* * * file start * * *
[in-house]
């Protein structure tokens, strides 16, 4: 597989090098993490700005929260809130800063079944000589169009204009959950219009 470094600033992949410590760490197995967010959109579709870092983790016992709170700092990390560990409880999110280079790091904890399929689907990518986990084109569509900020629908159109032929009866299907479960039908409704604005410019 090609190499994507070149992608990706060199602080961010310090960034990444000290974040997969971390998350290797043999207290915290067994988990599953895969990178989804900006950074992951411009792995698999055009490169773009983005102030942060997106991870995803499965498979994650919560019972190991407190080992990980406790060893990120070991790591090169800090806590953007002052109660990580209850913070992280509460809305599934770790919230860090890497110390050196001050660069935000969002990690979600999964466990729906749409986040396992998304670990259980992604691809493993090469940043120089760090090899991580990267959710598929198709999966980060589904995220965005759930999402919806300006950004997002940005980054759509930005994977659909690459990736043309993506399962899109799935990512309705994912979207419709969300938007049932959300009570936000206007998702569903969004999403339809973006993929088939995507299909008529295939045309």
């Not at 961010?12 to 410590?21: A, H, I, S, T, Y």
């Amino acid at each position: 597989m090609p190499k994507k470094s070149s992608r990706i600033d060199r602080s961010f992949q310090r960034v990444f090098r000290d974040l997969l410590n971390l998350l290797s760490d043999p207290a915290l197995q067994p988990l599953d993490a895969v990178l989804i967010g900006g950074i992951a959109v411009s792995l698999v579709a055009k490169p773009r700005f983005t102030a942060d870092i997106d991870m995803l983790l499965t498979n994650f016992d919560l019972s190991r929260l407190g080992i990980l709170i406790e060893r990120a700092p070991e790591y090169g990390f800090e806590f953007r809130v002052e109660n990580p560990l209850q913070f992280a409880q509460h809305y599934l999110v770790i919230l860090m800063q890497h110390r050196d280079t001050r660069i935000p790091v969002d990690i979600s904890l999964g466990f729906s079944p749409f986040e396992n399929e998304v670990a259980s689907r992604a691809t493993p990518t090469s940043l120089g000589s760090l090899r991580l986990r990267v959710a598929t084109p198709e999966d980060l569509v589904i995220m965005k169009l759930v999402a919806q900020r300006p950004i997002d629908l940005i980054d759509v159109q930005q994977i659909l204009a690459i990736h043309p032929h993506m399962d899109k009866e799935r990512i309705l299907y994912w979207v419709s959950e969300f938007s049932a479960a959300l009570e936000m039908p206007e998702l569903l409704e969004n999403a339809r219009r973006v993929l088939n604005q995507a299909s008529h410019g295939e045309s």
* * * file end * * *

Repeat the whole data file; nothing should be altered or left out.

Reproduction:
[in-house]
């Protein structure tokens, strides 16, 4: 597989090098993490700005929260809130800063079944000589169009204009959950219009 470094600033992949410590760490197995967010959109579709870092983790016992709170700092990390560990409880999110280079790091904890399929689907990518986990084109569509900020629908159109032929009866299907479960039908409704604005410019 090609190499994507070149992608990706060199602080961010310090960034990444000290974040997969971390998350290797043999207290915290067994988990599953895969990178989804900006950074992951411009792995698999055009490169773009983005102030942060997106991870995803499965498979994650919560019972190991407190080992990980406790060893990120070991790591090169800090806590953007002052109660990580209850913070992280509460809305599934770790919230860090890497110390050196001050660069935000969002990690979600999964466990729906749409986040396992998304670990259980992604691809493993090469940043120089760090090899991580990267959710598929198709999966980060589904995220965005759930999402919806300006950004997002940005980054759509930005994977659909690459990736043309993506399962899109799935990512309705994912979207419709969300938007049932959300009570936000206007998702569903969004999403339809973006993929088939995507299909008529295939045309």
């Not at 961010?12 to 410590?21: A, H, I, S, T, Y």
């Amino acid at each position: 597989m090609p190499k994507k470094s070149s992608r990706i600033d060199r602080s961010f992949q310090r960034v990444f090098r000290d974040l997969l410590n971390l998350l290797s760490d043999p207290a915290l197995q067994p988990l599953d993490a895969v990178l989804i967010g900006g950074i992951a959109v411009s792995l698999v579709a055009k490169p773009r700005f983005t102030a942060d870092i997106d991870m995803l983790l499965t498979n994650f016992d919560l019972s190991r929260l407190g080992i990980l709170i406790e060893r990120a700092p070991e790591y090169g990390f800090e806590f953007r809130v002052e109660n990580p560990l209850q913070f992280a409880q509460h809305y599934l999110v770790i919230l860090m800063q890497h110390r050196d280079t001050r660069i935000p790091v969002d990690i979600s904890l999964g466990f729906s079944p749409f986040e396992n399929e998304v670990a259980s689907r992604a691809t493993p990518t090469s940043l120089g000589s760090l090899r991580l986990r990267v959710a598929t084109p198709e999966d980060l569509v589904i995220m965005k169009l759930v999402a919806q900020r300006p950004i997002d629908l940005i980054d759509v159109q930005q994977i659909l204009a690459i990736h043309p032929h993506m399962d899109k009866e799935r990512i309705l299907y994912w979207v419709s959950e969300f938007s049932a479960a959300l009570e936000m039908p206007e998702l569903l409704e969004n999403a339809r219009r973006v993929l088939n604005q995507a299909s008529h410019g295939e045309s």